Honduran elections

Presidential elections loom in Honduras amidst political and social crises.

Five million voting Hondurans head to the polls on Sunday to elect their next President, the members of the National Congress and 298 mayors.

The two leading presidential candidates are Nasry “Tito” Asfura, mayor of Tegucigalpa, and Xiomara Castro, former first lady and wife of Manuel Zelaya, president from 2006 and 2009, before he was overthrown by the military.

A former political advisor to the Honduran government commented, “Since the coup, Zelaya has worked tirelessly to form regional and territorial alliances that have allowed his wife to be the next president.” A former senior military official in Honduras also predicted a Castro victory, “The current president is mired in allegations of drug trafficking, corruption and oppression, Castro’s rhetoric of a progressive, and not communist, government is winning support. Zelaya has said he will not have a political role, but I find that hard to believe.”

“Since the coup, Zelaya has worked tirelessly to form regional and territorial alliances that have allowed his wife to be the next president.”

Political advisor to the Honduran government, Honduras

The election will take place amid a long-standing political and social crisis that has plagued the second term of the outgoing president Juan Orlando Hernández. Following his disputed re-election in 2017, he removed the constitutional term limits, consolidating his power, but he has been constantly questioned with allegations of corruption and reported links to drug trafficking. Hernández’s brother, Tony, was found guilty of drug trafficking by a New York court in March 2021 for smuggling 185,000 kilos of Colombian cocaine into the US with the assistance of Mexico’s Sinaloa Cartel.

Opinion polls show Castro, the left-wing candidate, in the lead with 31% of voter intention, over Asfura, the candidate of the ruling National party, with 21%.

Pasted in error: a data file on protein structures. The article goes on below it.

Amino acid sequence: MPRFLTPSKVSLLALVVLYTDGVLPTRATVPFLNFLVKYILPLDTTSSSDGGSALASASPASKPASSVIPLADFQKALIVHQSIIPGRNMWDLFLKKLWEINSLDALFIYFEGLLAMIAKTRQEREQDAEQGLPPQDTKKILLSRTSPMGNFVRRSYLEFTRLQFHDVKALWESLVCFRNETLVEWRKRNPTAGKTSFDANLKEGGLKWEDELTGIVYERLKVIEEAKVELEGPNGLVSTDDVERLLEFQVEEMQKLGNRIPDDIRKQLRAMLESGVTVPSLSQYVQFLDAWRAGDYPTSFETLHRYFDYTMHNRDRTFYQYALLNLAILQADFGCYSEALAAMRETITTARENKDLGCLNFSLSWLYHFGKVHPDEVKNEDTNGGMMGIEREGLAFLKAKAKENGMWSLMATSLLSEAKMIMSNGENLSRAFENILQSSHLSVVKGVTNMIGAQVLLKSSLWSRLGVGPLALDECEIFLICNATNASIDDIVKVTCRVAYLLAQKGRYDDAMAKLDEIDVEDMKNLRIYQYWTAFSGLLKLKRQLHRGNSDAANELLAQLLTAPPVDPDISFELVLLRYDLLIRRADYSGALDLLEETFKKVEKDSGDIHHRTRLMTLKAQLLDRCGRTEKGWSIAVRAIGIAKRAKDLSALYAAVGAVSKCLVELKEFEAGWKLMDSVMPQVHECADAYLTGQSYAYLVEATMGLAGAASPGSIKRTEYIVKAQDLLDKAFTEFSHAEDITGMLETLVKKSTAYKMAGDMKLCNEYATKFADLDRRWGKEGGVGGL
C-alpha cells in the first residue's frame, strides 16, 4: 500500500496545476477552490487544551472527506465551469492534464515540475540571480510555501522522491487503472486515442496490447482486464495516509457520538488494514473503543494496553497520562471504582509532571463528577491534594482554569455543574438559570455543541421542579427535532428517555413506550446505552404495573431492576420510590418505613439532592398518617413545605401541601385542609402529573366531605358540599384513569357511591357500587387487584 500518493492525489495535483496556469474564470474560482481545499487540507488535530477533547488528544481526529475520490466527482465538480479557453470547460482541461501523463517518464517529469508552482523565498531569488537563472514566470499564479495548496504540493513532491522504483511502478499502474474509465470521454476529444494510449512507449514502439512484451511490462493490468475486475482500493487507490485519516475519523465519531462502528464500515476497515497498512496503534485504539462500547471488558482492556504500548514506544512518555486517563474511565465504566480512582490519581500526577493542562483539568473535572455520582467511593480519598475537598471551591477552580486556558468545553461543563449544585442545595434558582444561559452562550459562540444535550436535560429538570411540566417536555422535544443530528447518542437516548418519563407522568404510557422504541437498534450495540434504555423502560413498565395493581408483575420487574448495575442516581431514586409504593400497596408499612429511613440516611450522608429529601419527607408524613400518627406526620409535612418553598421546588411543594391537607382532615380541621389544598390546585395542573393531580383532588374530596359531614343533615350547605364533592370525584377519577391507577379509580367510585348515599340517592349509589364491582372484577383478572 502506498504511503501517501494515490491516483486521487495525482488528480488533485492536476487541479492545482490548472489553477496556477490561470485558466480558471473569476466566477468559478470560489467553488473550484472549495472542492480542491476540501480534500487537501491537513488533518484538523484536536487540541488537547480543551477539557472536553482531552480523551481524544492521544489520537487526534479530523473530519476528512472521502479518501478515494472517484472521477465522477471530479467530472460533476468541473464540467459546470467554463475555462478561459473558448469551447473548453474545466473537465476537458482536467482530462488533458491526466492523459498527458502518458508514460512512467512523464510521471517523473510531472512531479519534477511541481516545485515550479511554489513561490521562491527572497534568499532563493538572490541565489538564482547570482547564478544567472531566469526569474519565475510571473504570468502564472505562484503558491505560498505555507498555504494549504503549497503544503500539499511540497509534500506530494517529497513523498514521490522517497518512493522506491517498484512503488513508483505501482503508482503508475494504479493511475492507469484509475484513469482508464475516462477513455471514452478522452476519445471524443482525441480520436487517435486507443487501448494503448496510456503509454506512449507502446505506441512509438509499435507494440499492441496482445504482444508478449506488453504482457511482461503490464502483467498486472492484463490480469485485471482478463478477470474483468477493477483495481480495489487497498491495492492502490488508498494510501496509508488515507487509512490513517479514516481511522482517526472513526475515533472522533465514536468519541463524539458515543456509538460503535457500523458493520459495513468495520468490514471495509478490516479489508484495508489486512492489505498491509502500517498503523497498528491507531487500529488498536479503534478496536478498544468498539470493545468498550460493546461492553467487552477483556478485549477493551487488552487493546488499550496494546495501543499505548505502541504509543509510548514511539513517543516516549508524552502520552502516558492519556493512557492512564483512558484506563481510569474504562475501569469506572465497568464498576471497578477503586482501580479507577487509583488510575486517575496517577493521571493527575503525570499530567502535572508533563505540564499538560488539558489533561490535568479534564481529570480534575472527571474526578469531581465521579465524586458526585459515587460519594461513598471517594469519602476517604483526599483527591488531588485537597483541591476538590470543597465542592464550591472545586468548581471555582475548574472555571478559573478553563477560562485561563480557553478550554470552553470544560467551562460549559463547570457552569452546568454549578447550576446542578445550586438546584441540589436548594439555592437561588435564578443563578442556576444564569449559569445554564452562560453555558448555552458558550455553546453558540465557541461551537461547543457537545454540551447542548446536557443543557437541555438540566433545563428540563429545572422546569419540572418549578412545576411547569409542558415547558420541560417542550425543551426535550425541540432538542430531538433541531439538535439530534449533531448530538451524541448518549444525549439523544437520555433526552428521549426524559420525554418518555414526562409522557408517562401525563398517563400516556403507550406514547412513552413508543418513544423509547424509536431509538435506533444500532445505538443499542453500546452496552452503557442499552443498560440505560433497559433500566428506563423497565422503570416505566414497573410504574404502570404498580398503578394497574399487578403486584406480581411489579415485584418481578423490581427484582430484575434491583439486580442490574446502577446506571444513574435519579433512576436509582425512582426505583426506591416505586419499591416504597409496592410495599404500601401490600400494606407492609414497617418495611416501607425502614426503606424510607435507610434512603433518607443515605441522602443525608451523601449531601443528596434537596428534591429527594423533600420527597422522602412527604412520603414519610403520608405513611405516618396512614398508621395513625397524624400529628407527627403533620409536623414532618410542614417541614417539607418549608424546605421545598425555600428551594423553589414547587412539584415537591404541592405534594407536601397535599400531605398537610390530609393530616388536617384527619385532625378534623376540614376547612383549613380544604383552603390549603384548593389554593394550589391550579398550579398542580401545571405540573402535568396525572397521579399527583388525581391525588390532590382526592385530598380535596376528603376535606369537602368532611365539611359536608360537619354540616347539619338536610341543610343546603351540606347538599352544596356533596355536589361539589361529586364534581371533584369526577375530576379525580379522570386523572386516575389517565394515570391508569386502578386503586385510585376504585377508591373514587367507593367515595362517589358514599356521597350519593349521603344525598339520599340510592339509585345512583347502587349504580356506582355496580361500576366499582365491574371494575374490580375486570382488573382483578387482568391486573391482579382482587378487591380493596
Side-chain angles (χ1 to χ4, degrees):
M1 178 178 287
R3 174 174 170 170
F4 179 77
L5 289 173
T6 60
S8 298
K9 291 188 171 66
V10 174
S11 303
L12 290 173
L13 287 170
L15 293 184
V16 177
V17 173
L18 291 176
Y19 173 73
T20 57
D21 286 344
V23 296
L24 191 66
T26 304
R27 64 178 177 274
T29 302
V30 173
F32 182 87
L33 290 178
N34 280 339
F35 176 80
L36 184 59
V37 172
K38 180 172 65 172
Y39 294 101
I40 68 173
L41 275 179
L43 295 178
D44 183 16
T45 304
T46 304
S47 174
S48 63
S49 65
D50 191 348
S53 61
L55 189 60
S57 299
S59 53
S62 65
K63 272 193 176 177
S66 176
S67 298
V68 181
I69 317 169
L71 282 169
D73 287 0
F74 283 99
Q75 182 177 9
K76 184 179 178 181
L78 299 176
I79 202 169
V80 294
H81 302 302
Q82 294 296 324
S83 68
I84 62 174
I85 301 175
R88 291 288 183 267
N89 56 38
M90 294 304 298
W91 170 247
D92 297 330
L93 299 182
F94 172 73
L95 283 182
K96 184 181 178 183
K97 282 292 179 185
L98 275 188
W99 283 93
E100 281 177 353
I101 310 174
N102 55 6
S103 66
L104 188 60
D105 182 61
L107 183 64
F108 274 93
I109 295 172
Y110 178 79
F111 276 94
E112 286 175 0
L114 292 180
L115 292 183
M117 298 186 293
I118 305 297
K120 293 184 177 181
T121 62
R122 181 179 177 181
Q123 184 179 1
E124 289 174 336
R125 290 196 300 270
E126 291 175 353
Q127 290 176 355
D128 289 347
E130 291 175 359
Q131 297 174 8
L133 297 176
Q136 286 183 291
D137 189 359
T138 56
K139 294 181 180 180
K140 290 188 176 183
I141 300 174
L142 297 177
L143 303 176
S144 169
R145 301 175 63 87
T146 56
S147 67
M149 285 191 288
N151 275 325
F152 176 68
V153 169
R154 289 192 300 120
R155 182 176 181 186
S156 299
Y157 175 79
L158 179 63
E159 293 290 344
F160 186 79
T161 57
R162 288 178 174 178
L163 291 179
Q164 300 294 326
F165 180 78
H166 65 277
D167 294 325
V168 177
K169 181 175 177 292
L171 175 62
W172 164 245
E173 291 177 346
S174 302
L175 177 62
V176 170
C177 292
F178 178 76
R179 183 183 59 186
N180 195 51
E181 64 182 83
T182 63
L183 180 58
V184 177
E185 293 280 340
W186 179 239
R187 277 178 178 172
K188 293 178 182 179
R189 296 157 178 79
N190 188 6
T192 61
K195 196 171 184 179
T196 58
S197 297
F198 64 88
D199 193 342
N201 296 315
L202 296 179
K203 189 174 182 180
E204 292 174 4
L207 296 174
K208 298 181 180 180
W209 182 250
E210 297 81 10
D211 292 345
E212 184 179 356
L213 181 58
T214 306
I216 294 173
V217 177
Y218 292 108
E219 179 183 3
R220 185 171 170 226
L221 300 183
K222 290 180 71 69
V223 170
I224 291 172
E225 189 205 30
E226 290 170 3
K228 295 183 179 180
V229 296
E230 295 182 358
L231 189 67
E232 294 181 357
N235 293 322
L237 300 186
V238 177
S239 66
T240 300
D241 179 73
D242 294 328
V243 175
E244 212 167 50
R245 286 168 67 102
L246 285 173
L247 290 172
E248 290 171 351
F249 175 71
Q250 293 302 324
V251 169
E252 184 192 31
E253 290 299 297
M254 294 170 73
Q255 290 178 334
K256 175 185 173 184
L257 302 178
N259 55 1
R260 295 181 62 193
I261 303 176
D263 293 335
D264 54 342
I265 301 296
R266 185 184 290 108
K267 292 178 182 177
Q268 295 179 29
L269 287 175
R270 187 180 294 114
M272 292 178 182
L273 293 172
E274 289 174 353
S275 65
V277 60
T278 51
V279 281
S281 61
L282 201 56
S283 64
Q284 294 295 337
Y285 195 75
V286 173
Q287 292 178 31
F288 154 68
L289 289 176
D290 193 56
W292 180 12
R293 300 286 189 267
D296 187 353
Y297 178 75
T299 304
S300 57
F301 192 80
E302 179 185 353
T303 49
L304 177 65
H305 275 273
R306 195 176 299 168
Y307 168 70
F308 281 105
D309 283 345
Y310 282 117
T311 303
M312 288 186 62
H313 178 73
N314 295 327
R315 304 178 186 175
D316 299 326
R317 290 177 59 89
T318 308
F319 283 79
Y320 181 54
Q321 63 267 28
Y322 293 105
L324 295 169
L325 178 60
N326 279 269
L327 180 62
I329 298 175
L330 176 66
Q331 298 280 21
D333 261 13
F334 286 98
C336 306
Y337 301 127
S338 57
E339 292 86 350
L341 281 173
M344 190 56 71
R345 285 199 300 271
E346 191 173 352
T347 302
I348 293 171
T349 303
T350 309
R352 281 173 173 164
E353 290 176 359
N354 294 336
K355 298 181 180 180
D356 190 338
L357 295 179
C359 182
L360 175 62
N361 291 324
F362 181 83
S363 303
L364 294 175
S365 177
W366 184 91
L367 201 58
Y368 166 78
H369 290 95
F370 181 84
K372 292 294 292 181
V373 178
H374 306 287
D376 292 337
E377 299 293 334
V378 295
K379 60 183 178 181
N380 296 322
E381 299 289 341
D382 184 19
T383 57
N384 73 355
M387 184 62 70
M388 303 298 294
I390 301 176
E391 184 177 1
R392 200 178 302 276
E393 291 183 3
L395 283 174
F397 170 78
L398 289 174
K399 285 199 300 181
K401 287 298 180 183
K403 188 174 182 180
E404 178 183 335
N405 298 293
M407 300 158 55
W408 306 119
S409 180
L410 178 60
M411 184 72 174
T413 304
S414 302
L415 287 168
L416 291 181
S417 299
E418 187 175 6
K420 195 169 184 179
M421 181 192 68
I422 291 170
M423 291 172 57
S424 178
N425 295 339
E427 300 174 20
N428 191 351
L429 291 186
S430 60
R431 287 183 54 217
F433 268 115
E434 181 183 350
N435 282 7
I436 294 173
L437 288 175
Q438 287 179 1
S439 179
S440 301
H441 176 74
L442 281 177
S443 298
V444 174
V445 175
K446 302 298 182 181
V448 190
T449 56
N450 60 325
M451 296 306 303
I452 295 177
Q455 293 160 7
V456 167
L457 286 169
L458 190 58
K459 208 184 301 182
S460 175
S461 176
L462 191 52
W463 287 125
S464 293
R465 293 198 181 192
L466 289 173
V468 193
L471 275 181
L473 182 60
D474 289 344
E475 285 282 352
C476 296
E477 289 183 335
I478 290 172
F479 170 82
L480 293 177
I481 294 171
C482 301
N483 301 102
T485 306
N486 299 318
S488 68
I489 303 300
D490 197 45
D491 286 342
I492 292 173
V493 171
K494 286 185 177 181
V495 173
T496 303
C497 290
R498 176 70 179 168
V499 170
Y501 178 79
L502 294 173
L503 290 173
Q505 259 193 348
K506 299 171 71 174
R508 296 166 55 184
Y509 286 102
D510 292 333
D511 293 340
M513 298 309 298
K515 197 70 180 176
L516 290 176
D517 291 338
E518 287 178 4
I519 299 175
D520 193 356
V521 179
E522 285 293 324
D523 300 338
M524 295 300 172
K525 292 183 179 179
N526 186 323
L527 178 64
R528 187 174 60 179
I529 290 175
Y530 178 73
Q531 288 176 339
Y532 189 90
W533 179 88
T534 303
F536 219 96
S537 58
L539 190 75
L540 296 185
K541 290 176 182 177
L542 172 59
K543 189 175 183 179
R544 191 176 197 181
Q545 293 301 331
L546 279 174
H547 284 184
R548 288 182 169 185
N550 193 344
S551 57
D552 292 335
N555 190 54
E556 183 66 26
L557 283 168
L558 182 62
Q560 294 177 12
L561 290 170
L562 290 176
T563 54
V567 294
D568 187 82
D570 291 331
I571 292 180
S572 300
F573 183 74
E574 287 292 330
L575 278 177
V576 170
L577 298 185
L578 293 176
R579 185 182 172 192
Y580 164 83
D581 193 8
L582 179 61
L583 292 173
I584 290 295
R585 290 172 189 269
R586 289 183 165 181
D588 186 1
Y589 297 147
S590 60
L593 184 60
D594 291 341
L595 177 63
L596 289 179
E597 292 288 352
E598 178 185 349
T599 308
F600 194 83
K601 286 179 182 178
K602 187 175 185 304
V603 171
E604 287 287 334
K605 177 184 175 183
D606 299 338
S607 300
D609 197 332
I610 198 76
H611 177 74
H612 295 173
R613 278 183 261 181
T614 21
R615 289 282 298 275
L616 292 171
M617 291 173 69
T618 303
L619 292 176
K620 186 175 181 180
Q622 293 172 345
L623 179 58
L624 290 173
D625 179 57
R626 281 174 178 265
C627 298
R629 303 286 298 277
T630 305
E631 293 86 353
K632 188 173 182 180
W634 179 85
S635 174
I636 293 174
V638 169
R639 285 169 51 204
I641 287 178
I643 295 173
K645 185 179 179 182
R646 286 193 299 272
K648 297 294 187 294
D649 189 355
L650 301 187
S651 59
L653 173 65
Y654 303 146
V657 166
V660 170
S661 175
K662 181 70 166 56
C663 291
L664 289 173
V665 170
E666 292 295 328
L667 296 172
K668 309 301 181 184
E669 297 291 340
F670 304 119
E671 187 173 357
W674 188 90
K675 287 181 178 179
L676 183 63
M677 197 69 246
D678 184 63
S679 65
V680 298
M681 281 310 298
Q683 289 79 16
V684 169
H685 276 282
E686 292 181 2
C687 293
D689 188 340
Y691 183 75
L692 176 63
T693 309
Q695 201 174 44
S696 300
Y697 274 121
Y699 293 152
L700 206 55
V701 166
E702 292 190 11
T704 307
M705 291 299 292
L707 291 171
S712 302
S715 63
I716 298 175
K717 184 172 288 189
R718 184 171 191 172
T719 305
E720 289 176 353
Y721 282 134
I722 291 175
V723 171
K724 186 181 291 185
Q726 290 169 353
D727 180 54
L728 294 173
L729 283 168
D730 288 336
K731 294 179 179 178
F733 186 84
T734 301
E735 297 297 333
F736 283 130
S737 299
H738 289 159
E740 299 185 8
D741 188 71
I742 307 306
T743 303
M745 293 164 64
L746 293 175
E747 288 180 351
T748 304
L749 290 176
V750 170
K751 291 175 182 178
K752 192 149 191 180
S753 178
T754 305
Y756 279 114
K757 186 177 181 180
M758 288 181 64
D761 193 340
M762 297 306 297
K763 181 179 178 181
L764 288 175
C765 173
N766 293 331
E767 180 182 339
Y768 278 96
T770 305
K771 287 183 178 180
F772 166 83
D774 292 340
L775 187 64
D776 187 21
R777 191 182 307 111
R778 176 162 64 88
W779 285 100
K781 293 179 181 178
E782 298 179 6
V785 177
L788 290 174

Castro is running in alliance with former presidential candidate Salvador Nasralla and other opposition leaders. She has vowed to follow a progressive social agenda which would include decriminalising abortion, setting up an anti-corruption commission alongside the UN, and establishing relations with mainland China. 

The political analyst commented, “Two central issues have been put on the table, foreign debt renegotiation and development financing under the North American programme to boost development in the Northern Triangle. When he was in power, Zelaya joined the Bolivarian Alliance, largely for Venezuelan petrodollars that carried better rates than international banks. They won’t do that this time around, he will get closer to the banks and the IMF.”

“Two central issues have been put on the table, foreign debt renegotiation and development financing under the North American programme to boost development in the Northern Triangle.”

Political analyst, Honduras

Asfura, son of Palestinian migrants, is a conservative contractor and businessman. He has faced charges of fraud, embezzlement and money laundering, all of which were dismissed by criminal courts. However, he was listed in the ICIJ Pandora Papers for holding a company in Panama which remained active while he held public office 

The importance of the congressional vote should be forgotten either, explained the political analyst, “In the end, the Congress is the arena where the ideology becomes reality and it will be central to Castro’s policies, including the establishment of a commission against corruption, supported by the UN. That would be a watershed moment in Honduran political life.”

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